Date: December 6, 2011
Subject: MPRP Transfer Limits; Questions/Request for Discussion
The New England States Committee on Electricity (NESCOE) has a few questions concerning the use of transfer limits in planning and operation in connection with the Maine Power Reliability Program (MPRP). We offer them below as background and believe an in-person discussion about them with ISO-NE staff would be most efficient.
At the November 15, 2011 Reliability Committee (RC) meeting, there was discussion about the MPRP project and the impact of potential upgrades associated with New England East West Solution (NEEWS). MPRP meets reliability needs in Maine, and also provides the potential for increased transfer capacity from North to South in eastern New England. The determination and use of transmission transfer limits – and the assumptions upon which they are based – is complex and not always evident from a review of the plain language of ISO-NE’s PP3. NESCOE is endeavoring to understand better the implications of MPRP in relation to the region’s potential to increase use of renewable resources.
Transfer Limits in the Planning Horizon v. Transfer Limits as used in Day-to-Day System Operation
In planning studies, transfer limits are based on system situations that may be encountered involving outages of generation, transmission and contingencies. A relatively severe but possible situation is “n-1-1”. The first “1” is the potential retirement of a major generation unit or the long-term outage of a unit (an example is the Phase II HVDC or a underground transmission cable system or a generation unit). It is assumed that ISO-NE repositions or readjusts the system after this event to withstand the next contingency (such as loss of a transmission line). With potential retirement of units from today’s generation fleet, in some cases this becomes “n-2-1” when compared with today’s available resources (an example is the retirement of Seabrook generating station and a subsequent long-term outage of Phase II HVDC.)
However, day-to -day system operation recognizes conditions that are often substantially different than those assumed in planning. Economic dispatch of resources, including renewable resources, is accomplished to the extent that system reliability and security is maintained. The following questions focus on to how transfer limits used in day to day operations relate to those used in planning.
1. Are any of the limits determined in the transmission planning process used in day-to-day operation of the system? If so, which ones are used “n-2-1” or “n-1-1” (or something else)? Please briefly explain which limits ISO-NE uses in day-to-day operations and specify the operating conditions under which any are used.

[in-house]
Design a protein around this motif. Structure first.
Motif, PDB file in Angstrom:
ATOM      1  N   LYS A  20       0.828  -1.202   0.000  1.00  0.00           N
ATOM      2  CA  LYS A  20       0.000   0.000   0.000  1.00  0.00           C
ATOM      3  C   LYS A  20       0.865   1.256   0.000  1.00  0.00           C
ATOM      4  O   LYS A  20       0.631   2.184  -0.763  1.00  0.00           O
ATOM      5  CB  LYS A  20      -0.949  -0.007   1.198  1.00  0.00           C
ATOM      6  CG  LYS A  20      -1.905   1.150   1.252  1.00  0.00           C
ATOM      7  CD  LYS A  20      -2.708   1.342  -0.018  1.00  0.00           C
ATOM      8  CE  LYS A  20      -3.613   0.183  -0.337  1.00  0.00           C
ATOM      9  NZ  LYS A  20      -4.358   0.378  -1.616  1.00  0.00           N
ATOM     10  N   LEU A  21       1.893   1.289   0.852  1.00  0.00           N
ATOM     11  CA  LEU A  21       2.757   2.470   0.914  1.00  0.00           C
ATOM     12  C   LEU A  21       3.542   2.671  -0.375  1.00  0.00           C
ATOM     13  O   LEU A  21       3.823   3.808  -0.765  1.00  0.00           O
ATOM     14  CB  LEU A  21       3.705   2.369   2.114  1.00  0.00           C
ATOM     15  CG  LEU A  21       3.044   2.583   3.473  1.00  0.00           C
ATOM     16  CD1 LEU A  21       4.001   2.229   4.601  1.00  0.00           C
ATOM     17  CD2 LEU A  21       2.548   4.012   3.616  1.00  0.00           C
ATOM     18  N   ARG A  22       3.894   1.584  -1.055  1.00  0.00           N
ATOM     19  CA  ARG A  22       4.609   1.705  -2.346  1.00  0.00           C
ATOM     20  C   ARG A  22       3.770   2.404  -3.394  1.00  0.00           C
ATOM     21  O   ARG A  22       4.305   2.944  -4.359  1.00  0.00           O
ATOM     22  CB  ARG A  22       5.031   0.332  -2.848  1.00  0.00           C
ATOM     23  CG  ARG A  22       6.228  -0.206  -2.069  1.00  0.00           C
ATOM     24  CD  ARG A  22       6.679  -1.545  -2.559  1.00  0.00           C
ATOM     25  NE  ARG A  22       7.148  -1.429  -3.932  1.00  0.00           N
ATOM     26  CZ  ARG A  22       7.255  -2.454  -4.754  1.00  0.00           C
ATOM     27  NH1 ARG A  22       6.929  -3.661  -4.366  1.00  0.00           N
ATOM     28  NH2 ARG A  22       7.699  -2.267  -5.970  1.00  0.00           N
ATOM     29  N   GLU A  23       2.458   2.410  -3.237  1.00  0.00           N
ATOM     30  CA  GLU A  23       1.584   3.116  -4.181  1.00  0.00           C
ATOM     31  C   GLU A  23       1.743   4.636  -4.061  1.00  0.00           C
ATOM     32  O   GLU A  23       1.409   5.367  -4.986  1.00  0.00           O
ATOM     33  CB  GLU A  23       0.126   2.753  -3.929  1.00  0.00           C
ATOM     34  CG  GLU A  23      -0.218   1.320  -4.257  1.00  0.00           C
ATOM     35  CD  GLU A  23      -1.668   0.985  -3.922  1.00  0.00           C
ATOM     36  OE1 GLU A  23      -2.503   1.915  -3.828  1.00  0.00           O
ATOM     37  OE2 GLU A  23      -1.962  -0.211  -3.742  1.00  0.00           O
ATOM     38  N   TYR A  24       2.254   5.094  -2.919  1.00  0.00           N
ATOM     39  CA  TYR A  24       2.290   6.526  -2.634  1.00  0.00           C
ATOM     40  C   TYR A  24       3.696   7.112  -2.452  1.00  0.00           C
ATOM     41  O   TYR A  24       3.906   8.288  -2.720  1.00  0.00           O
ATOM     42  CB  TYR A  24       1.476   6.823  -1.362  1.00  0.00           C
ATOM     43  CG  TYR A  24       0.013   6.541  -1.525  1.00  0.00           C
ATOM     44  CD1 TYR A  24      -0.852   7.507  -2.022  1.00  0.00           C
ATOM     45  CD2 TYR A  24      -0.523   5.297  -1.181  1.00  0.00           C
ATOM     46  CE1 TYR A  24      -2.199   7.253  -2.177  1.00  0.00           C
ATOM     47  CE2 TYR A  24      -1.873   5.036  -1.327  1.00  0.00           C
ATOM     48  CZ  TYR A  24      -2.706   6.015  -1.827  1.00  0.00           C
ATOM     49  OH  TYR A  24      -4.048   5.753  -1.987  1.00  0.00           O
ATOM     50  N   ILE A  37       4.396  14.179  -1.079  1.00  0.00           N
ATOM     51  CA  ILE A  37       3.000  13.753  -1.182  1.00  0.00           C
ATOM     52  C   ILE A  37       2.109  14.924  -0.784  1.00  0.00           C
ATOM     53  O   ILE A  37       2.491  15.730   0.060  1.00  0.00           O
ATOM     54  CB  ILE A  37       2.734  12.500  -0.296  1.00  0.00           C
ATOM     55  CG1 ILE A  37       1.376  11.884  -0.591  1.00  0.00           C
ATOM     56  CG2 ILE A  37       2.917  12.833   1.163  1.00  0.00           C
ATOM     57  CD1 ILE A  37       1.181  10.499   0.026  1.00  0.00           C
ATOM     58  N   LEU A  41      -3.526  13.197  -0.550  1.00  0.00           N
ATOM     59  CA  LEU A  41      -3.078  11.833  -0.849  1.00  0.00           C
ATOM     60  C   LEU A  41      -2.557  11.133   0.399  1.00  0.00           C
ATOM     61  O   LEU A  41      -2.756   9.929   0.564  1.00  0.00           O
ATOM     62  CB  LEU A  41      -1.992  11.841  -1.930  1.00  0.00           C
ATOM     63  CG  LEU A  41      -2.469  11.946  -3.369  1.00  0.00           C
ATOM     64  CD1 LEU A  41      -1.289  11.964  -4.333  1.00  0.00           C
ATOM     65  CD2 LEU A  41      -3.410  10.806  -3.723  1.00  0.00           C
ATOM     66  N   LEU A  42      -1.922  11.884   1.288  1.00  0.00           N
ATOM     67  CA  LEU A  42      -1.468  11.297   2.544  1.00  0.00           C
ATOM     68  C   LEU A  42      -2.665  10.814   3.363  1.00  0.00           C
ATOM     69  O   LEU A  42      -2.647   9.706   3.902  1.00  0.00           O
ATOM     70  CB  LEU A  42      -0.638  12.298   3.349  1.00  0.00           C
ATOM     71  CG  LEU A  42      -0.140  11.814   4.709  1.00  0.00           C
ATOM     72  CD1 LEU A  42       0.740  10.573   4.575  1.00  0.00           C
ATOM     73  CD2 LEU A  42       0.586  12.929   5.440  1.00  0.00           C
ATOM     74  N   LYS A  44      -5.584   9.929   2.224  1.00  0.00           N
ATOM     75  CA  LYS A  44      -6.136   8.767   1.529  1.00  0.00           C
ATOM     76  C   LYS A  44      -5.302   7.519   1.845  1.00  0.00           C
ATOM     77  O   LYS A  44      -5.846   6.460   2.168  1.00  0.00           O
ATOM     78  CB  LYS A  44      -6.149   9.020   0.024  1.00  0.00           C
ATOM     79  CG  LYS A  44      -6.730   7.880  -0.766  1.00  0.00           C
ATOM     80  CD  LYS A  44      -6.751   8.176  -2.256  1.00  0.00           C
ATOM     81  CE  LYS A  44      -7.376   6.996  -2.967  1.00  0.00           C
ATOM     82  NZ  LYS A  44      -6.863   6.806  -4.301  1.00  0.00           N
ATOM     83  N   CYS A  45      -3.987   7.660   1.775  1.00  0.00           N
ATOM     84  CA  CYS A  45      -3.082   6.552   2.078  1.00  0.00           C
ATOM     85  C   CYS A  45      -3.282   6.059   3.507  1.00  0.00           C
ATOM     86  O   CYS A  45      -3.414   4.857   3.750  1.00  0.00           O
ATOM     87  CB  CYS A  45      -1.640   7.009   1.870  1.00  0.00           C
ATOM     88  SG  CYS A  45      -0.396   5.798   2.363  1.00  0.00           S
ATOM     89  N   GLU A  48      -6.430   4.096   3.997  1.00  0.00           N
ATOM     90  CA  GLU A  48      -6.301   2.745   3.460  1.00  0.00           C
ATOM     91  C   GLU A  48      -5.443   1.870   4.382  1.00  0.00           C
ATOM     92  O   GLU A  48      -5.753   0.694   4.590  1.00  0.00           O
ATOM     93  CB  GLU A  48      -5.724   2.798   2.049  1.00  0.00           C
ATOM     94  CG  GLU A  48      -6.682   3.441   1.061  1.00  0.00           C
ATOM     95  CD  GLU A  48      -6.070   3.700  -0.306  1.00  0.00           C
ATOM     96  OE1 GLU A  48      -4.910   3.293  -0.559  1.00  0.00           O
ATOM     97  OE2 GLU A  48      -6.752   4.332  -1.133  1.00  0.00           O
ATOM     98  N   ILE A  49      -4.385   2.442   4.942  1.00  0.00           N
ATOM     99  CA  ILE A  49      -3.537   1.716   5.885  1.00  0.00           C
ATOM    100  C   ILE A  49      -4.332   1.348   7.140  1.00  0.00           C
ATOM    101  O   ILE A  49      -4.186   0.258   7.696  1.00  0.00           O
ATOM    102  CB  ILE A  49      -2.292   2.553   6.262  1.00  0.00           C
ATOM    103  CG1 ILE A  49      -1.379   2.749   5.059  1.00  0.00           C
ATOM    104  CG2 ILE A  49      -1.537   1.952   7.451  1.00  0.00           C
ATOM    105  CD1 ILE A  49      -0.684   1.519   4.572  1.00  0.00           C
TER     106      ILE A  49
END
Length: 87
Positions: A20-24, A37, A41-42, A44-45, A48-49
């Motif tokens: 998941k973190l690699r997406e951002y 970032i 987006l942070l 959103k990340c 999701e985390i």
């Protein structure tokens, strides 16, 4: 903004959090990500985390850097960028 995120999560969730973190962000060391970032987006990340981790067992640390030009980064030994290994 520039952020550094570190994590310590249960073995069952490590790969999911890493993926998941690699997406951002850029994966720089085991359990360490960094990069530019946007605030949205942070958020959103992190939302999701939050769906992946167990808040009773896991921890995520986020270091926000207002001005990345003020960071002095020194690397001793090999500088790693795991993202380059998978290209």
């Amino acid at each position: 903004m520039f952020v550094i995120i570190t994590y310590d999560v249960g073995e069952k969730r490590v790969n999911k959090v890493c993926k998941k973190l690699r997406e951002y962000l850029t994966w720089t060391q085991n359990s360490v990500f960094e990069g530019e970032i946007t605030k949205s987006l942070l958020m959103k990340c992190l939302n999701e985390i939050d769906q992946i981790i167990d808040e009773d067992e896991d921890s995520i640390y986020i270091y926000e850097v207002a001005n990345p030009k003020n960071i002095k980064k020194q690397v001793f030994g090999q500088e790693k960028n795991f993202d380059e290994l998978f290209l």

2. With regard to thermal, voltage and dynamic stability limits, which are updated in real time for use in securing the system?
3. If any of the thermal, voltage or dynamic stability limits are not updated in real time, please: a) briefly describe the studies upon which each are based; and b) describe the assumptions used in each.
4. With regard to the potential for increased use of renewable resources in the region, please describe any differences in permissible interface flows that may occur in the planning process vs. those in the day-to-day operation of the system. Specifically, assuming that MPRP is completed and in-service and if sufficient transmission is constructed to meet the NEEWS needs and if both Seabrook and Phase II are operating in a given day, please state the expected transfer limit – or range of transfer limits – of the Maine-New Hampshire interface with all lines in service (note the current planned post- 2016 transfer limit is 1550 MW and assumes an “n-2-1” planning scenario)?
5. Please describe any differences between the planning criteria and the criteria used in operations to secure the system.
Further, NESCOE is interested in better understanding any opportunity that may exist for modifications to facilities other than MPRP that may provide additional increases to the transfer capability of the Maine-New Hampshire interface afforded by the MPRP.
6. Dynamic stability limits often relate to operation of protection systems used for clearing faults on transmission elements. Please describe the range of clearing operations (for example, stuck breaker or other back up system) that ISO-NE considers in relation to the clearing times simulated in the planning process.
7. When delayed clearing on lower voltage systems results in a limiting situation, does ISO-NE explore potential methods to improve the clearing time? Please explain the extent that this is pursued in the planning studies.
8. Is there any other information ISO-NE can provide about whether modifications to other facilities in New England could influence or increase the transfer capability of MPRP?